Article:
This chapter explores pastoral counselors as mental health professionals, in terms of their professional identities, training, and licenses. Among the most significant transformations in the field of pastoral counseling over the past half-century have been the entrance of laypersons into the profession and the increasing numbers of pastoral counselors who identify as both religious leaders and licensed mental health professionals. Some of the largest growth in the profession has occurred among laypersons seeking training in pastoral counseling and licensure as mental health professionals. The curricula of mental health training programs are most often designed to meet national standards outlined by professional organizations and state/provincial licensing board requirements. In addition to training models and licensure requirements, pastoral counselors who work as mental health professionals are also exposed to and often endorse the prevailing paradigms, ethical codes, and standard practices of their mental health disciplines.
This chapter addresses the importance of understanding the dignity of human nature. The human condition is a complex theological, philosophical, and psychological term that refers to the nature of our human experience. Significant pastoral concerns arise directly from the givens of human existence, as well as the contexts in which those experiences occur. The organization and method of discourse cover six key contexts for understanding the human condition:human dignity and depravity, story, relational style, family, gender, and view of God. The essential unity of the human family with God is part of the dignity inherent to the human condition and is often described by the mystics. One’s view of God has direct implications on one’s understanding of the human condition and thus one’s counseling practice. One cannot truly understand the human condition without first examining how humanity views the divine.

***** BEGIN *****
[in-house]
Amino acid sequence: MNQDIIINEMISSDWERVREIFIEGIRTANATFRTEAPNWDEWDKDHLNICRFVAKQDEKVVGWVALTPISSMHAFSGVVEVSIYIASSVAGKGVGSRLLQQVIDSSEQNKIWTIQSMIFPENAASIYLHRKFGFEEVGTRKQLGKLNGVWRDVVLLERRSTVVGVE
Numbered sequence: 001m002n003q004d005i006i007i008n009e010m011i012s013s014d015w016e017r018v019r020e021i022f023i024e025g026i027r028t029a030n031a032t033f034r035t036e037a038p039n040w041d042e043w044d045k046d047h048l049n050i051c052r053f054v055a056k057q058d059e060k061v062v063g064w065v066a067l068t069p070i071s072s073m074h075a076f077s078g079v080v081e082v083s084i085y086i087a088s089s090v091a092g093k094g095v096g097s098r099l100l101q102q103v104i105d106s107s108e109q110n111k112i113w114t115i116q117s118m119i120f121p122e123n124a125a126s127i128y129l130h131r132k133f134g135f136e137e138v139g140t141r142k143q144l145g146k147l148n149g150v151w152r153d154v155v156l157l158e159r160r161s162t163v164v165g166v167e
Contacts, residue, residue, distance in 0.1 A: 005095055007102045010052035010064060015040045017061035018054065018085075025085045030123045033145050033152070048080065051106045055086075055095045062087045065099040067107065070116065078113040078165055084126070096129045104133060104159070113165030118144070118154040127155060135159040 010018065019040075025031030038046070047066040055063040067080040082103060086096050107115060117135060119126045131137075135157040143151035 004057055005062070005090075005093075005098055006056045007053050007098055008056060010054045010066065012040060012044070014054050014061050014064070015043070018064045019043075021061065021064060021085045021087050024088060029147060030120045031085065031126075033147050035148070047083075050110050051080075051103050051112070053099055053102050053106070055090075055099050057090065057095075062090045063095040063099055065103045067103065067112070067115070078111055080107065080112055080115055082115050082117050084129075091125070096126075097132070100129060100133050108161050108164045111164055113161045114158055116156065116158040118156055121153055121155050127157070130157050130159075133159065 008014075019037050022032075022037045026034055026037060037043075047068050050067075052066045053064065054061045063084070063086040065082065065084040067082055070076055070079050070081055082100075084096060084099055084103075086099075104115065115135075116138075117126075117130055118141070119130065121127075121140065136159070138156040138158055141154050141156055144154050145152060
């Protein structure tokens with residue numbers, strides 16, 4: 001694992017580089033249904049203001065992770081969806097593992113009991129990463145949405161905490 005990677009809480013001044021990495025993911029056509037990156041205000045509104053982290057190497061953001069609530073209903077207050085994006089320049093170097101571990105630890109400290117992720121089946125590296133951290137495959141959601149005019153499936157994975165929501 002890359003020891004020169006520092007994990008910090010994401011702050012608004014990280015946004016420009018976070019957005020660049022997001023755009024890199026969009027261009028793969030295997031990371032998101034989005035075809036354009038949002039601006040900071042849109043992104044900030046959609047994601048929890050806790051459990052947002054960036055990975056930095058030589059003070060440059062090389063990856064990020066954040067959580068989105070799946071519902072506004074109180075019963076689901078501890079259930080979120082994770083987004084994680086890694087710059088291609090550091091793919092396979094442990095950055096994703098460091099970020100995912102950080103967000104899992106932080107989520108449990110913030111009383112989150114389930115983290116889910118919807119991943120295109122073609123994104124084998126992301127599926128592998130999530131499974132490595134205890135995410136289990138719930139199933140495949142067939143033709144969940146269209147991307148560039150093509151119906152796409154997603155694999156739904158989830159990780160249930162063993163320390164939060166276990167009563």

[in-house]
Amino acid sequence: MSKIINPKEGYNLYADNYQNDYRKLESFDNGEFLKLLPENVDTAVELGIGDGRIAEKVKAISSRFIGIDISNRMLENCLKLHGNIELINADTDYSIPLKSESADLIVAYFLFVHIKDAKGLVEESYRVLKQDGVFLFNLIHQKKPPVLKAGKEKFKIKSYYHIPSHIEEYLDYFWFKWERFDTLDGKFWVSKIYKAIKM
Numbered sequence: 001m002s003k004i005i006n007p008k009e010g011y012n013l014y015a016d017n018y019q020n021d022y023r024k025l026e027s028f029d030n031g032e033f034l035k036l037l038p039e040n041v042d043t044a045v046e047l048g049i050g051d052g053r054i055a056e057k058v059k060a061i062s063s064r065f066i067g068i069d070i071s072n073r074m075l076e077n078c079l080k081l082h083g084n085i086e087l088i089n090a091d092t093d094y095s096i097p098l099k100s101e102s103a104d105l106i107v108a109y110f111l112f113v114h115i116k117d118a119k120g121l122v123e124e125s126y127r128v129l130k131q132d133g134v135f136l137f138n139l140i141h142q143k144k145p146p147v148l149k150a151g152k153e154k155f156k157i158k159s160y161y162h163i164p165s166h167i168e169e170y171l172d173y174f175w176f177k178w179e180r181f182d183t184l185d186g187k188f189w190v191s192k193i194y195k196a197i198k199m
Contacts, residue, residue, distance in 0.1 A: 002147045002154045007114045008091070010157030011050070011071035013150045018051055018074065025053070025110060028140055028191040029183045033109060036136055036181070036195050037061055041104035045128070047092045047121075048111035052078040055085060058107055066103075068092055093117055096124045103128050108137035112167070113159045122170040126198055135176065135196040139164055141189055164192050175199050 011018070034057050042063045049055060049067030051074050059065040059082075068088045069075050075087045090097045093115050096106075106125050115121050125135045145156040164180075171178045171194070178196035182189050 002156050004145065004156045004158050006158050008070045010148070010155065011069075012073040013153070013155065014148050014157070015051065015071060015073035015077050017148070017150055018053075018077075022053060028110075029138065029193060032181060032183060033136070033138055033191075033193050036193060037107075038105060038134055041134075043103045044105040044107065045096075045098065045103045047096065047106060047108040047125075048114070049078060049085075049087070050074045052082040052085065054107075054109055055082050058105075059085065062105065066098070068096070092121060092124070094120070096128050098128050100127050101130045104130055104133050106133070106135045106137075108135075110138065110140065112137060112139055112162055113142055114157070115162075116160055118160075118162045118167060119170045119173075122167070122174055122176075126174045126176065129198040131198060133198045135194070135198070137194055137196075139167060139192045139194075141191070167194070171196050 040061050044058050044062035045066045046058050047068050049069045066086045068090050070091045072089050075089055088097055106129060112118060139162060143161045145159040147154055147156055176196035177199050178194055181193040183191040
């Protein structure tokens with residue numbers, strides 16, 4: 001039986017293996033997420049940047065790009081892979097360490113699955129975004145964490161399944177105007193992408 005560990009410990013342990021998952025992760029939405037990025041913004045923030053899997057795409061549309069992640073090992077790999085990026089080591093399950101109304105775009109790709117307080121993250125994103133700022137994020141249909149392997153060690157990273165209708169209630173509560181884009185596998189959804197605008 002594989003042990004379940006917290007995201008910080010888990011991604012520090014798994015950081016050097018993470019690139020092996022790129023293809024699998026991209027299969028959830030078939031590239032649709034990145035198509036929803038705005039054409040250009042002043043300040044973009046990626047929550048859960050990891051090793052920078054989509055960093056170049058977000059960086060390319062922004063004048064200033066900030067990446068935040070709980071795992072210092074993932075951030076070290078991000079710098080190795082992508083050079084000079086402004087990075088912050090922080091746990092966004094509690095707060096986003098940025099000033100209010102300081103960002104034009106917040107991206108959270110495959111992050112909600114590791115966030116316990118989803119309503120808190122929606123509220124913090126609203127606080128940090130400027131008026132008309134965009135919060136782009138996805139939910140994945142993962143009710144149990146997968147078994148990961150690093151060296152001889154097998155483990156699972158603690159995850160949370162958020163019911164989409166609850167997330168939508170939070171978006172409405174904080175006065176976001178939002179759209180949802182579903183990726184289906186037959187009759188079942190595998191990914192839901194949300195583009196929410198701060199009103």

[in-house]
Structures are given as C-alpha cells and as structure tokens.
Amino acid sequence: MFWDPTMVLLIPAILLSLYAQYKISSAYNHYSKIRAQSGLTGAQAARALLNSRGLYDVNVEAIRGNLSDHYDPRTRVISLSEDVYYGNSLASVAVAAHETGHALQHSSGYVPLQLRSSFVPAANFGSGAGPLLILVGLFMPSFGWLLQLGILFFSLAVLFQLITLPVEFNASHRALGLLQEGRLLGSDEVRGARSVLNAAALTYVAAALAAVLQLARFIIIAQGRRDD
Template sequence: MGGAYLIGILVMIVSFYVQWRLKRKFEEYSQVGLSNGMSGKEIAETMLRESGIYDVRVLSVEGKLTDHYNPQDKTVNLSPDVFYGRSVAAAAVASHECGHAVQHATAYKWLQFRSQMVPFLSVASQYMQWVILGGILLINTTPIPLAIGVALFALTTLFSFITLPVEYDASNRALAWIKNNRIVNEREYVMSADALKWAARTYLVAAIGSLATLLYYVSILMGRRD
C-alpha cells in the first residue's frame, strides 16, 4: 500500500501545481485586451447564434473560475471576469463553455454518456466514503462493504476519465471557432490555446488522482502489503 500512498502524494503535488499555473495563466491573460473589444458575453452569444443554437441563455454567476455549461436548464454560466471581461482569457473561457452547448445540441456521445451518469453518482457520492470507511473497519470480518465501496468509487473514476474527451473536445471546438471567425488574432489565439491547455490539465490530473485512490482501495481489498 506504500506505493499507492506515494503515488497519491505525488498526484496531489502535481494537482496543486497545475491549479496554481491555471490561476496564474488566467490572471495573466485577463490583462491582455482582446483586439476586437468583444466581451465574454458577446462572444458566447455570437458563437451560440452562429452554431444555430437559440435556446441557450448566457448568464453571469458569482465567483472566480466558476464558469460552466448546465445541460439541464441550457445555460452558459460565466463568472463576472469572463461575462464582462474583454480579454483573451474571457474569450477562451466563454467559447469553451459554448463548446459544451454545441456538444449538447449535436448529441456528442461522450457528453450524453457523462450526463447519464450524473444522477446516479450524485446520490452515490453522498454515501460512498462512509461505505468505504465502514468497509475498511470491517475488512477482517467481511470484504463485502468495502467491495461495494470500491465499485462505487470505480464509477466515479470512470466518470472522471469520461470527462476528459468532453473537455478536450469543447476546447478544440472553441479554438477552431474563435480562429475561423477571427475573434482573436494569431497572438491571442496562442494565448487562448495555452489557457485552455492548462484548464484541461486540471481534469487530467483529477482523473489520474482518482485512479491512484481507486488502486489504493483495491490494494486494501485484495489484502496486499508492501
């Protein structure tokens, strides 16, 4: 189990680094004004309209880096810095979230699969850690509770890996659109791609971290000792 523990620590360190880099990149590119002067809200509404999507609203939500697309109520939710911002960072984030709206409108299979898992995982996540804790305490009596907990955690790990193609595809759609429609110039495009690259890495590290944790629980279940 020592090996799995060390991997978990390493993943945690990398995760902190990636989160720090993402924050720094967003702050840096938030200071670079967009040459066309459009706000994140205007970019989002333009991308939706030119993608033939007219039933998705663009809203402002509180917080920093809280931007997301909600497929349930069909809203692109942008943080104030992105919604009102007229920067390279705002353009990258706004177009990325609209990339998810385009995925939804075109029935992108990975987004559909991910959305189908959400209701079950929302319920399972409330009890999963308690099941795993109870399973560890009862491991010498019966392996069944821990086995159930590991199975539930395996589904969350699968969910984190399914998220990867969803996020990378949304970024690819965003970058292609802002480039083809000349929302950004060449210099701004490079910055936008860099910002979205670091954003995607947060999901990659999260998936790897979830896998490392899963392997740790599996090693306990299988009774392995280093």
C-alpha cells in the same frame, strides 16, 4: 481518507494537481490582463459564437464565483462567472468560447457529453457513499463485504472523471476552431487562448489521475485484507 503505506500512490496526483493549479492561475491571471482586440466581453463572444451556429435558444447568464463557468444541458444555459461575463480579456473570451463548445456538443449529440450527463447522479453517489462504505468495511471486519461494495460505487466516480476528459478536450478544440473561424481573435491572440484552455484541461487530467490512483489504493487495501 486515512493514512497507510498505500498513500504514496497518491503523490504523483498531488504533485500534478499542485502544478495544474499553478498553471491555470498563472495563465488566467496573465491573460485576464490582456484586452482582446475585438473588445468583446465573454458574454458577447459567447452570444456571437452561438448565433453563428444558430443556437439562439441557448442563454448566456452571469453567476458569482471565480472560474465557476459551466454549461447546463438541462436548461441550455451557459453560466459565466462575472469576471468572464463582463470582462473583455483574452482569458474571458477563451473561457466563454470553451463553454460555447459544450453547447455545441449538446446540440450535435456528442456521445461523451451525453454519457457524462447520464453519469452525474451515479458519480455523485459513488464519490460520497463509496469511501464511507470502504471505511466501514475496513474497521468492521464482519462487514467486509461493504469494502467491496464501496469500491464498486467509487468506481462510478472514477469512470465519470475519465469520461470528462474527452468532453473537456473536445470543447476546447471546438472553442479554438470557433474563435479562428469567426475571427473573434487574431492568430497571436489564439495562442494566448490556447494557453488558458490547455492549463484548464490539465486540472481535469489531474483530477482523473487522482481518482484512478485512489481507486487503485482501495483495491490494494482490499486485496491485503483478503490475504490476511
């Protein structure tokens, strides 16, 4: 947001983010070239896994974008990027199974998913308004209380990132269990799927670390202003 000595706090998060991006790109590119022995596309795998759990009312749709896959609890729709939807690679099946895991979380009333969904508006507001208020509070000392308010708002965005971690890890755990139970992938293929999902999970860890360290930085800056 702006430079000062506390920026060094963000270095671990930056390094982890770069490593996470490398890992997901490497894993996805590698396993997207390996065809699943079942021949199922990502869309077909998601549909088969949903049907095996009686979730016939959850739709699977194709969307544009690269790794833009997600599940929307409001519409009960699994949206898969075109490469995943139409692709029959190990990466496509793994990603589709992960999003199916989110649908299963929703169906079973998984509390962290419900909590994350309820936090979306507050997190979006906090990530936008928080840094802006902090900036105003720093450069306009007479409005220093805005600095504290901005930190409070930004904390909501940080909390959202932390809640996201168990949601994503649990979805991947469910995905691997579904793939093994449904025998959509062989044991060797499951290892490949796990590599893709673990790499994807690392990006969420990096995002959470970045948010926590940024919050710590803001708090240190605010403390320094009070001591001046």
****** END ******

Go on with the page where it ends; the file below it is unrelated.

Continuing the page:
Suffering is an ineradicable part of life, even as fate and death. In other words suffering is a highly subjective, complex, universal phenomenon and, thus, an ordinary dynamic of the human condition. It is integrally associated with physical pain and/or emotional distress, mitigated, at times, by the individual’s intrapersonal and interpersonal processes related to resilience or hardiness. History has shown how human beings can adopt attitudes and value systems that devalue differences and establish industries marked by prejudice, racism, judgment, and bias that contribute to an individual’s pain and suffering. Suffering, distress, and pain are ordinary, and yet, some of these experiences happen as a result of the culture’s synthetic pressure and influence. Suffering is a complex, universal, highly subjective phenomenon caused by enduring physical or emotional pain that can be broadly understood through intrapersonal and interpersonal processes and their interaction with constitutional factors.
- Go to chapter: The Challenges of Being Bilingual: Methods of Integrating Psychological and Religious Studies
This chapter describes how pastoral counselors draw on religious and theological studies along with psychological studies. Pastoral counselors can be described as bilingual and bicultural. The near history of American pastoral counseling in the 20th century generated several distinct ways of relating psychological studies with religious and theological studies. Pastoral counseling by religious leaders has been going on for centuries. Psychologically informed pastoral counseling and chaplaincy became specialized vocations as religious leaders pursued education and training in psychological counseling. Clinical pastoral education (CPE) within psychiatric hospitals was recognized as a form of clinically based theological education and was required by some seminaries and denominations as preparation for ministry. Pastoral counselors using a theistic worldview will likely retain a more conformist religious identity, especially religiously endorsed pastoral counselors who feel responsible for explicitly representing the cornerstone beliefs of their religious tradition.